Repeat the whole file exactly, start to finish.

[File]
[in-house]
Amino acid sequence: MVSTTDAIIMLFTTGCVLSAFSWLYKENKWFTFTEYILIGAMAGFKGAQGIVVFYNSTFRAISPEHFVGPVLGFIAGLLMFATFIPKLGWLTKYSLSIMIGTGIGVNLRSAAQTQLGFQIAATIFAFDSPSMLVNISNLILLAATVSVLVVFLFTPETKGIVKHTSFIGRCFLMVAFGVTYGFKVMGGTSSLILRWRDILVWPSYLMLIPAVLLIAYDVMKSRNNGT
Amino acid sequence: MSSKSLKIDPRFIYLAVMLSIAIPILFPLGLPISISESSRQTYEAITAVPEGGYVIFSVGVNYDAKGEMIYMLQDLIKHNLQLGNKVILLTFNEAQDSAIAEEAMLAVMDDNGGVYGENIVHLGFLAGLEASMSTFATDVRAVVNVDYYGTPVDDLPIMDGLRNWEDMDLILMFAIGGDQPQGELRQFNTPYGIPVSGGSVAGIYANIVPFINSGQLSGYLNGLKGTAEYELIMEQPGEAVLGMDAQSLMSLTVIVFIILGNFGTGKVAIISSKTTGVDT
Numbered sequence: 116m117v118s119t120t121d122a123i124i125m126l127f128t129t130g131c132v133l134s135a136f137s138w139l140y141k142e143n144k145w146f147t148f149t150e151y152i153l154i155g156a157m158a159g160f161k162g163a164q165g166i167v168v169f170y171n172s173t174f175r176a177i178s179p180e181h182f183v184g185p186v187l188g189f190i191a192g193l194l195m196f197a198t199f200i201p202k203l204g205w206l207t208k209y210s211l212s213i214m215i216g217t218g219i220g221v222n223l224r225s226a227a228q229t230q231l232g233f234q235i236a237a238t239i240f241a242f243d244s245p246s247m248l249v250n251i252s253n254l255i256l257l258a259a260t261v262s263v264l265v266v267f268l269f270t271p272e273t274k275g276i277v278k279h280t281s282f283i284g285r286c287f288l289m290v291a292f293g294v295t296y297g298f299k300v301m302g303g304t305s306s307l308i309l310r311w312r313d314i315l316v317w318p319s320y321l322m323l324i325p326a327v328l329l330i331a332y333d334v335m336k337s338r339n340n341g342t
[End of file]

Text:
[in-house]
Amino acid sequence: MVSTTDAIIMLFTTGCVLSAFSWLYKENKWFTFTEYILIGAMAGFKGAQGIVVFYNSTFRAISPEHFVGPVLGFIAGLLMFATFIPKLGWLTKYSLSIMIGTGIGVNLRSAAQTQLGFQIAATIFAFDSPSMLVNISNLILLAATVSVLVVFLFTPETKGIVKHTSFIGRCFLMVAFGVTYGFKVMGGTSSLILRWRDILVWPSYLMLIPAVLLIAYDVMKSRNNGT
Amino acid sequence: MSSKSLKIDPRFIYLAVMLSIAIPILFPLGLPISISESSRQTYEAITAVPEGGYVIFSVGVNYDAKGEMIYMLQDLIKHNLQLGNKVILLTFNEAQDSAIAEEAMLAVMDDNGGVYGENIVHLGFLAGLEASMSTFATDVRAVVNVDYYGTPVDDLPIMDGLRNWEDMDLILMFAIGGDQPQGELRQFNTPYGIPVSGGSVAGIYANIVPFINSGQLSGYLNGLKGTAEYELIMEQPGEAVLGMDAQSLMSLTVIVFIILGNFGTGKVAIISSKTTGVDT
Numbered sequence: 116m117v118s119t120t121d122a123i124i125m126l127f128t129t130g131c132v133l134s135a136f137s138w139l140y141k142e143n144k145w146f147t148f149t150e151y152i153l154i155g156a157m158a159g160f161k162g163a164q165g166i167v168v169f170y171n172s173t174f175r176a177i178s179p180e181h182f183v184g185p186v187l188g189f190i191a192g193l194l195m196f197a198t199f200i201p202k203l204g205w206l207t208k209y210s211l212s213i214m215i216g217t218g219i220g221v222n223l224r225s226a227a228q229t230q231l232g233f234q235i236a237a238t239i240f241a242f243d244s245p246s247m248l249v250n251i252s253n254l255i256l257l258a259a260t261v262s263v264l265v266v267f268l269f270t271p272e273t274k275g276i277v278k279h280t281s282f283i284g285r286c287f288l289m290v291a292f293g294v295t296y297g298f299k300v301m302g303g304t305s306s307l308i309l310r311w312r313d314i315l316v317w318p319s320y321l322m323l324i325p326a327v328l329l330i331a332y333d334v335m336k337s338r339n340n341g342t